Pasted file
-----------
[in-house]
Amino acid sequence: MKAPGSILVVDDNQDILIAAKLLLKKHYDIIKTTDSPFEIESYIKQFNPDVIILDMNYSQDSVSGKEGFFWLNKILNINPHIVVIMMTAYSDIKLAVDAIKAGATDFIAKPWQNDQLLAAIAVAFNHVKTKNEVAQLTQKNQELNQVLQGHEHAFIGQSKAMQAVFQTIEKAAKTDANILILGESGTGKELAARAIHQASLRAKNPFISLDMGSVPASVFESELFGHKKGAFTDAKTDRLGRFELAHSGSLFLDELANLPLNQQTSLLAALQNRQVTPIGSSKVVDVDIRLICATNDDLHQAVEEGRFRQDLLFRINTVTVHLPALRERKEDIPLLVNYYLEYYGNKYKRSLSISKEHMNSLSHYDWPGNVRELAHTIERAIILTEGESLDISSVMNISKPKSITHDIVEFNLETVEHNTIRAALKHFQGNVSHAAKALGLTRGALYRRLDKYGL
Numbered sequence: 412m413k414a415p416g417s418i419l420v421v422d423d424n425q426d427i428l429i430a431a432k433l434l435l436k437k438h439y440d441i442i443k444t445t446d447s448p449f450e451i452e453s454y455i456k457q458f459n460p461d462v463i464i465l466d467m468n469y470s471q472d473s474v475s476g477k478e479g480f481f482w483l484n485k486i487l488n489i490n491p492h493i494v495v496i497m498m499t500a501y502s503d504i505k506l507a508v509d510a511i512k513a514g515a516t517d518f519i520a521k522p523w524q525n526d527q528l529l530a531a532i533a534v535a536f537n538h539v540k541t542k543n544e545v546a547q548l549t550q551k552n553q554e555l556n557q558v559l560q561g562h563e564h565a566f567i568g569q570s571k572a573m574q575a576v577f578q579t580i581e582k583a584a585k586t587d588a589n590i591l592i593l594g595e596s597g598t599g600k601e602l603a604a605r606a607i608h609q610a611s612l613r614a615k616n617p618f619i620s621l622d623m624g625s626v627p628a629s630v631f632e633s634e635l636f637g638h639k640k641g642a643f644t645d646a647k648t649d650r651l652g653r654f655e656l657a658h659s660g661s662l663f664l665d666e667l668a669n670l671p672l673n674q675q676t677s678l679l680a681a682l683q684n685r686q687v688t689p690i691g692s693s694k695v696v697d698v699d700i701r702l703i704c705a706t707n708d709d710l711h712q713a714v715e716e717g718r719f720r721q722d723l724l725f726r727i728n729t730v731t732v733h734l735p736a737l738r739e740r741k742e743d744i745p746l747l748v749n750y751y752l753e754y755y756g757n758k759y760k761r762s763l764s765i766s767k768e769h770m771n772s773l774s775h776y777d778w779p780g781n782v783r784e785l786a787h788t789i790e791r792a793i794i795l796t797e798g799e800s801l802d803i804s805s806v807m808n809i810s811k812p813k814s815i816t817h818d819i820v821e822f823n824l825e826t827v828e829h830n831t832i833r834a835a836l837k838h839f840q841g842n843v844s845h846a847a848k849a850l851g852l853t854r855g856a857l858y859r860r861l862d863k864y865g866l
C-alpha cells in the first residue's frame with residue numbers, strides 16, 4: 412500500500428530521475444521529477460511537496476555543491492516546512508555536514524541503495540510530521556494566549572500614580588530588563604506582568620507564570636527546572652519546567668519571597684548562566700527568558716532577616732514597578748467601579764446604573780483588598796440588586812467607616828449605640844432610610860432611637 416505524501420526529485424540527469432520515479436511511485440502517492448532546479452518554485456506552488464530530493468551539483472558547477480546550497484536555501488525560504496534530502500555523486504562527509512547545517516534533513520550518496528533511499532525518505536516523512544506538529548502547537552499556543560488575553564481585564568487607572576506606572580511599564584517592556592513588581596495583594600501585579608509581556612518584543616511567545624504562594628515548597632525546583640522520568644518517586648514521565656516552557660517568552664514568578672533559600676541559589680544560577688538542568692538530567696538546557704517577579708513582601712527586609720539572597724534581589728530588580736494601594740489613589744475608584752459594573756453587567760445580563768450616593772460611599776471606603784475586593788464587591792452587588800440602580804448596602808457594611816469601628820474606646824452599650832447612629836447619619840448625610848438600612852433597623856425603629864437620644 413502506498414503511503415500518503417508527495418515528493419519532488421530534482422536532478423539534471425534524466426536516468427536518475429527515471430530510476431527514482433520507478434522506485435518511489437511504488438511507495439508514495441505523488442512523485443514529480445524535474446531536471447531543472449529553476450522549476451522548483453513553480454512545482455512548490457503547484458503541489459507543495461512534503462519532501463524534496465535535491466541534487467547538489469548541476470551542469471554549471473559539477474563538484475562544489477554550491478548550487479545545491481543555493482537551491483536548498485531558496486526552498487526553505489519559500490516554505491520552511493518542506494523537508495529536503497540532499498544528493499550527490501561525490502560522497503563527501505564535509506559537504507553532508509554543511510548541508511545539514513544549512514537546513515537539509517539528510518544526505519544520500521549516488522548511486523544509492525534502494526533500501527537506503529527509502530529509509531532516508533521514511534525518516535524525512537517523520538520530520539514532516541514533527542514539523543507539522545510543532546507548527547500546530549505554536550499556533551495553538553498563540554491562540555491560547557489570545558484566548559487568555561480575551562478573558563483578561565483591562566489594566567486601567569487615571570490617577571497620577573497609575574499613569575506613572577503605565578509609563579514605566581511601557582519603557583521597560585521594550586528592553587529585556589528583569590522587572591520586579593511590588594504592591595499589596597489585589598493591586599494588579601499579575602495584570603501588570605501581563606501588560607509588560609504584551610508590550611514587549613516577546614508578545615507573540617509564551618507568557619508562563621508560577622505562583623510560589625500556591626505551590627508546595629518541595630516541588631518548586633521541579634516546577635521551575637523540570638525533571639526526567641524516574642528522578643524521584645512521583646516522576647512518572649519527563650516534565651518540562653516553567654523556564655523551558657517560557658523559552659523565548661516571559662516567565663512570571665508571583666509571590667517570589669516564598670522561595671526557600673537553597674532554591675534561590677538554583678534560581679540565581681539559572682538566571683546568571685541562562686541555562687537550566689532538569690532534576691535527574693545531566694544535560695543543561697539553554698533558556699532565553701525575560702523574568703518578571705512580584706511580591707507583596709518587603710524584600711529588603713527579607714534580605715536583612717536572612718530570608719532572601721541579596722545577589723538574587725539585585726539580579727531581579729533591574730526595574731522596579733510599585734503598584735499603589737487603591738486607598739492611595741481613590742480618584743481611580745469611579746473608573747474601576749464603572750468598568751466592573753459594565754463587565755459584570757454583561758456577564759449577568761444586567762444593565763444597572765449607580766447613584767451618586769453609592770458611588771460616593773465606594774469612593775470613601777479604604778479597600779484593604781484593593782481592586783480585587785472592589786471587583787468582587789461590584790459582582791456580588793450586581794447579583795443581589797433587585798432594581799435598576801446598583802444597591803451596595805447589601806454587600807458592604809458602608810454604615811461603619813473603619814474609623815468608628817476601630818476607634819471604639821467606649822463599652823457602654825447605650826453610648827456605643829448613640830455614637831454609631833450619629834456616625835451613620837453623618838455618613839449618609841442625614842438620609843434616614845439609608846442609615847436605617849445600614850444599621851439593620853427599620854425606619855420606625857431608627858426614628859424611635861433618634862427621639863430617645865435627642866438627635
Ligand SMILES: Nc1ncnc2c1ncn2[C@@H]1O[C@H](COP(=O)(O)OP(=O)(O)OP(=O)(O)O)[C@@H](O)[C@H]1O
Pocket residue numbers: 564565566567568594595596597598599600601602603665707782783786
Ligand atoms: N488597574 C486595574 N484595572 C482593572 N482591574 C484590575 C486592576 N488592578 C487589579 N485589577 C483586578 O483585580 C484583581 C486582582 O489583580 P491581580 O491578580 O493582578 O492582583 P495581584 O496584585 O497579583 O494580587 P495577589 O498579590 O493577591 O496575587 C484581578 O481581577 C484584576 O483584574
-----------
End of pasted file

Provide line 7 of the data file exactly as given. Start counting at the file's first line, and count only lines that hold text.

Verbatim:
Ligand atoms: N488597574 C486595574 N484595572 C482593572 N482591574 C484590575 C486592576 N488592578 C487589579 N485589577 C483586578 O483585580 C484583581 C486582582 O489583580 P491581580 O491578580 O493582578 O492582583 P495581584 O496584585 O497579583 O494580587 P495577589 O498579590 O493577591 O496575587 C484581578 O481581577 C484584576 O483584574